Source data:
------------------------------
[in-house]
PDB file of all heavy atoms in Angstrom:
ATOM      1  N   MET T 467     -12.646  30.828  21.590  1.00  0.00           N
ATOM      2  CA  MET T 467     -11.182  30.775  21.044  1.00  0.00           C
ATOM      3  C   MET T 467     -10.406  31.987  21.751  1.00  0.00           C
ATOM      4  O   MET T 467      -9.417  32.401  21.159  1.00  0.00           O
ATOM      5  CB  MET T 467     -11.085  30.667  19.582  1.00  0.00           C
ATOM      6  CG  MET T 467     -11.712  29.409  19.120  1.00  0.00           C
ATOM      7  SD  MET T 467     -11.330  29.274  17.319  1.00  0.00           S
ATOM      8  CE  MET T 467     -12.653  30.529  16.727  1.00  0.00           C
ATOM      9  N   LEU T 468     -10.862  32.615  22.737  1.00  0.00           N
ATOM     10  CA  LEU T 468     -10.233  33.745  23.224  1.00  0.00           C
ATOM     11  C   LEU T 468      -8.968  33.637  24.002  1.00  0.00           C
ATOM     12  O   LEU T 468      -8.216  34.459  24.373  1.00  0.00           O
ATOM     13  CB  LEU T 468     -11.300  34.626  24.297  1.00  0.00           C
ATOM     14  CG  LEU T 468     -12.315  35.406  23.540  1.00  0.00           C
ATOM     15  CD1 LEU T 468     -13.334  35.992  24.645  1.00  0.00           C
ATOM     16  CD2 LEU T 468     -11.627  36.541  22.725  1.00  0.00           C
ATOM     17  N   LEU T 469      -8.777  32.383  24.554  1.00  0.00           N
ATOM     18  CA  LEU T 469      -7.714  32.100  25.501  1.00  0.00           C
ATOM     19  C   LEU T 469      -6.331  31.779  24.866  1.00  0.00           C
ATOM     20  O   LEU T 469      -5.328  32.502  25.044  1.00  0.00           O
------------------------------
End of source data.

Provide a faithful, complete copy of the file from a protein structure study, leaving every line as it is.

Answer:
[in-house]
PDB file of all heavy atoms in Angstrom:
ATOM      1  N   MET T 467     -12.646  30.828  21.590  1.00  0.00           N
ATOM      2  CA  MET T 467     -11.182  30.775  21.044  1.00  0.00           C
ATOM      3  C   MET T 467     -10.406  31.987  21.751  1.00  0.00           C
ATOM      4  O   MET T 467      -9.417  32.401  21.159  1.00  0.00           O
ATOM      5  CB  MET T 467     -11.085  30.667  19.582  1.00  0.00           C
ATOM      6  CG  MET T 467     -11.712  29.409  19.120  1.00  0.00           C
ATOM      7  SD  MET T 467     -11.330  29.274  17.319  1.00  0.00           S
ATOM      8  CE  MET T 467     -12.653  30.529  16.727  1.00  0.00           C
ATOM      9  N   LEU T 468     -10.862  32.615  22.737  1.00  0.00           N
ATOM     10  CA  LEU T 468     -10.233  33.745  23.224  1.00  0.00           C
ATOM     11  C   LEU T 468      -8.968  33.637  24.002  1.00  0.00           C
ATOM     12  O   LEU T 468      -8.216  34.459  24.373  1.00  0.00           O
ATOM     13  CB  LEU T 468     -11.300  34.626  24.297  1.00  0.00           C
ATOM     14  CG  LEU T 468     -12.315  35.406  23.540  1.00  0.00           C
ATOM     15  CD1 LEU T 468     -13.334  35.992  24.645  1.00  0.00           C
ATOM     16  CD2 LEU T 468     -11.627  36.541  22.725  1.00  0.00           C
ATOM     17  N   LEU T 469      -8.777  32.383  24.554  1.00  0.00           N
ATOM     18  CA  LEU T 469      -7.714  32.100  25.501  1.00  0.00           C
ATOM     19  C   LEU T 469      -6.331  31.779  24.866  1.00  0.00           C
ATOM     20  O   LEU T 469      -5.328  32.502  25.044  1.00  0.00           O